Woods said the police association will make a formal request to the OCPC to investigate the leadership at the police service, believing that the members deserve change and the public has a right to know.

“I can say that my members, frontline patrol, in the uniform, the ones doing the drug busts, they are doing their job,” he said.

“The citizens shouldn’t have to worry about that. They are doing their job day in and day out. They are very professional in what they do. They are not letting what is happening inside the building spill out or affect their job or serving the public. But we owe it to the public to let them know what is happening.”

Morriseau added that any investigation into the police service also needs to include the Police Services Board.

“The service doesn’t operate entirely independent,” she said. “The services board has been active in decision-making that has led us to where we are right now.”

Thunder Bay Police Services Board chair Kristen Oliver said the board welcomes the investigation by the OCPC, and that it has already forwarded them several matters for investigation and action dating back more than a year.

“We will cooperate in any possible way we can in these investigations. We take them very seriously and we are looking forward to moving all of this forward,” she said.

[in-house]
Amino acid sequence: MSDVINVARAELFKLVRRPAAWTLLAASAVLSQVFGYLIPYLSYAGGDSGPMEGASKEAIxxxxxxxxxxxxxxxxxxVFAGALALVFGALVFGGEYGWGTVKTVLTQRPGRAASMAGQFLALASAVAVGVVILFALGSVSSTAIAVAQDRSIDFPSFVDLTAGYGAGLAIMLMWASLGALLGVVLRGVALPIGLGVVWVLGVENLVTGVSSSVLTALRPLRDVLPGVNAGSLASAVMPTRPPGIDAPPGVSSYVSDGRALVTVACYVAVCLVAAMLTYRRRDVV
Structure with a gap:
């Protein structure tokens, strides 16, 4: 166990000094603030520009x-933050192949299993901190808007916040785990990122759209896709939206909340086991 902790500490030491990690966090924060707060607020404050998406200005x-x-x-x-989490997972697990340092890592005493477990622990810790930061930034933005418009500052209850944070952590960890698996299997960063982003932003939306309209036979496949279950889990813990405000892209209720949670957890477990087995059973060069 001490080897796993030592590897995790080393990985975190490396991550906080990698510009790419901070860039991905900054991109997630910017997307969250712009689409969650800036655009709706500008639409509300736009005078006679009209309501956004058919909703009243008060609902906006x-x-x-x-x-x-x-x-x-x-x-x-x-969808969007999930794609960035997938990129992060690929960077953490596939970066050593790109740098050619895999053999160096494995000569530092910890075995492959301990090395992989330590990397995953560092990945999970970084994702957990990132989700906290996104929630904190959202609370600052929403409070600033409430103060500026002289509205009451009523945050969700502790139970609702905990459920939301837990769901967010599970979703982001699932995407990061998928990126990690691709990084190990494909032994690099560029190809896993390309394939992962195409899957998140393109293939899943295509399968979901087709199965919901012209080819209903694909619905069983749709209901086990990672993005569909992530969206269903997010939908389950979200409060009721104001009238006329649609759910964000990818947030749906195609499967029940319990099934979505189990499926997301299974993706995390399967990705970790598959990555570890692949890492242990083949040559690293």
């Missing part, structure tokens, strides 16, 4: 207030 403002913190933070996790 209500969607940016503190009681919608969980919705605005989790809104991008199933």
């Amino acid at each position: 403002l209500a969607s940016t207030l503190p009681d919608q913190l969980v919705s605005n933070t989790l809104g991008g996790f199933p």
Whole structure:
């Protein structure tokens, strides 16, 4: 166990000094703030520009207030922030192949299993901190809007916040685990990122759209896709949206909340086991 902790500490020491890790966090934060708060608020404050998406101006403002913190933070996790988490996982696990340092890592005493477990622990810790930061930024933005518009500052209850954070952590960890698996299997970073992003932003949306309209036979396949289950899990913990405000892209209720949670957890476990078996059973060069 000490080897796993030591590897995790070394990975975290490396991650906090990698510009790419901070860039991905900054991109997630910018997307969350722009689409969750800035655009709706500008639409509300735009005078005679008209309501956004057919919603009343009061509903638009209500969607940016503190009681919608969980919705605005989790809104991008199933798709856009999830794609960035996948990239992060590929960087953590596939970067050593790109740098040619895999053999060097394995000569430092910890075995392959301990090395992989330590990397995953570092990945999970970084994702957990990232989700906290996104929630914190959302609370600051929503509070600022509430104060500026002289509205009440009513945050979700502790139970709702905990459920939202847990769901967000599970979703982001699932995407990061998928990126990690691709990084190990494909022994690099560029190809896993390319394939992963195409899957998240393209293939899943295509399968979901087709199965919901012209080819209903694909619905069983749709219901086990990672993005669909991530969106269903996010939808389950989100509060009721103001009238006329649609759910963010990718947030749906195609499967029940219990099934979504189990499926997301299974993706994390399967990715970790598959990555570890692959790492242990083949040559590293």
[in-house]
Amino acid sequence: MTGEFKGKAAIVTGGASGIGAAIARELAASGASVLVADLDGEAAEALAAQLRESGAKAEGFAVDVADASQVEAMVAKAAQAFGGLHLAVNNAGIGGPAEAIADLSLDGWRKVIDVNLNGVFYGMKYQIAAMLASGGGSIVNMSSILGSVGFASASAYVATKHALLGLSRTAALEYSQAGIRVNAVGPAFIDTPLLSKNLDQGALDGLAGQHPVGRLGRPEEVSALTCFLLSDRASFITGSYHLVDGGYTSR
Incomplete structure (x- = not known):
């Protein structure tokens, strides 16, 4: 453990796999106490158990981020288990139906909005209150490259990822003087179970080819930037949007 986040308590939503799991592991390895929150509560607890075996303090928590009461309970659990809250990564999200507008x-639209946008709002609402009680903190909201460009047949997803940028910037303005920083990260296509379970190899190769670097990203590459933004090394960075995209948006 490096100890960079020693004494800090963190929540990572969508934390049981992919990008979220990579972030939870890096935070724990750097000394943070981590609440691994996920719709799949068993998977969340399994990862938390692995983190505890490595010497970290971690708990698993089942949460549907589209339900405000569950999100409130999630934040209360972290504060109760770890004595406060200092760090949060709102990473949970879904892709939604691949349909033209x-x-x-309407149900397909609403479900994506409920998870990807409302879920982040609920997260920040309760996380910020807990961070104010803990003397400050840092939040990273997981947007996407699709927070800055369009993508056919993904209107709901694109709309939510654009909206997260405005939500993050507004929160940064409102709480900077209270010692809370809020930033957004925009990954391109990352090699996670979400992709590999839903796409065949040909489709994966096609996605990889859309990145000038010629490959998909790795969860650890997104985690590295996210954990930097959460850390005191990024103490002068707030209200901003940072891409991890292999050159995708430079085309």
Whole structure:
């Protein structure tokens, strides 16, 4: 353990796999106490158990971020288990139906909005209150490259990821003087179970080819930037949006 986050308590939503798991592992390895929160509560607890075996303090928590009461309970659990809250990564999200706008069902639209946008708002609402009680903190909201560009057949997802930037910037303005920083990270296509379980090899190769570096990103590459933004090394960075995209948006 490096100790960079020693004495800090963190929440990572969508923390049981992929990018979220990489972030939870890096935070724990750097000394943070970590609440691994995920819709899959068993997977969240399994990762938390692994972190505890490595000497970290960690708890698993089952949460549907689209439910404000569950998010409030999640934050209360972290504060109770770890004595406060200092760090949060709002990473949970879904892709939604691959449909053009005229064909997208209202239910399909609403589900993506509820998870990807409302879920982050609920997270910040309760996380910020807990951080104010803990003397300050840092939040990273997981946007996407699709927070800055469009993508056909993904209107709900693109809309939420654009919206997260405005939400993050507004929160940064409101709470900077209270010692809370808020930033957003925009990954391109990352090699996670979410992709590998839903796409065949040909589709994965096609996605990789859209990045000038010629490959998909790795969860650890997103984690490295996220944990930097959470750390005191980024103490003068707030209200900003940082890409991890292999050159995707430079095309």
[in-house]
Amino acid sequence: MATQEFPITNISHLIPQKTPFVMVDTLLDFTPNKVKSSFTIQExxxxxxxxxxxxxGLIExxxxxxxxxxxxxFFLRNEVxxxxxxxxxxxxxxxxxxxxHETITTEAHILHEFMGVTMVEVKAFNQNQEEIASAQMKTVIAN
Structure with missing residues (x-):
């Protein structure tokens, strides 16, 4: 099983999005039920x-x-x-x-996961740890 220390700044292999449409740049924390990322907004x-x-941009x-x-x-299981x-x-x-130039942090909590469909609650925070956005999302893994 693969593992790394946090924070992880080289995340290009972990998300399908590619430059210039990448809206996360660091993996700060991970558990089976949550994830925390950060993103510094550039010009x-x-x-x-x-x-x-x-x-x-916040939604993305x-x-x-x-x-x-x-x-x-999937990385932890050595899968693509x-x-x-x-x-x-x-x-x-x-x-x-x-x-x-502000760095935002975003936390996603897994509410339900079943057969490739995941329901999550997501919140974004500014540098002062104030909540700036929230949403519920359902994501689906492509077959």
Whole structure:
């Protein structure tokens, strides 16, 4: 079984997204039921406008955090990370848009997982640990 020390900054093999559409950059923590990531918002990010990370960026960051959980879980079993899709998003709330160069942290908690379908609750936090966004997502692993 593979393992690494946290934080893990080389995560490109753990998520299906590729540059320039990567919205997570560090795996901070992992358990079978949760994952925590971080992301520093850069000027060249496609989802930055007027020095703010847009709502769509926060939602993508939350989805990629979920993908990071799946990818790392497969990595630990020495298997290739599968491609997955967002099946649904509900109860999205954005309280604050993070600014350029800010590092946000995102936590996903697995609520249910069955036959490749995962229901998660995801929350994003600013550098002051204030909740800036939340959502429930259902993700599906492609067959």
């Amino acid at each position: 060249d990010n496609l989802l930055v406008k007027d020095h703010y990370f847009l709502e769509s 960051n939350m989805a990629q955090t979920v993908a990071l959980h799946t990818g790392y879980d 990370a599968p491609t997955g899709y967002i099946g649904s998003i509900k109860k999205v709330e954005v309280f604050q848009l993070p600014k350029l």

“We hope that this doesn’t drag on very long. There is certainly a lot of information that has been provided and we seriously think that it shouldn’t take a long period. We are looking forward to fulsome investigation and the outcome of that should provide the answers that we need.”

Hauth also released a statement Tuesday afternoon, saying she too welcomes the call to have the OCPC conduct a thorough investigation.

“I agree with the Thunder Bay Police Services Board’s position that there are several issues which need a proper examination by the OCPC,” she said.

“The leadership team of the TBPS respects the need for due process and will fully cooperate with the OCPC in any investigation or examination of the administration of policing services. We will respect this process by limiting further comments on this matter.”

Doug Diaczuk

About the Author: Doug Diaczuk

Doug Diaczuk is a reporter and award-winning author from Thunder Bay. He has a master’s degree in English from Lakehead University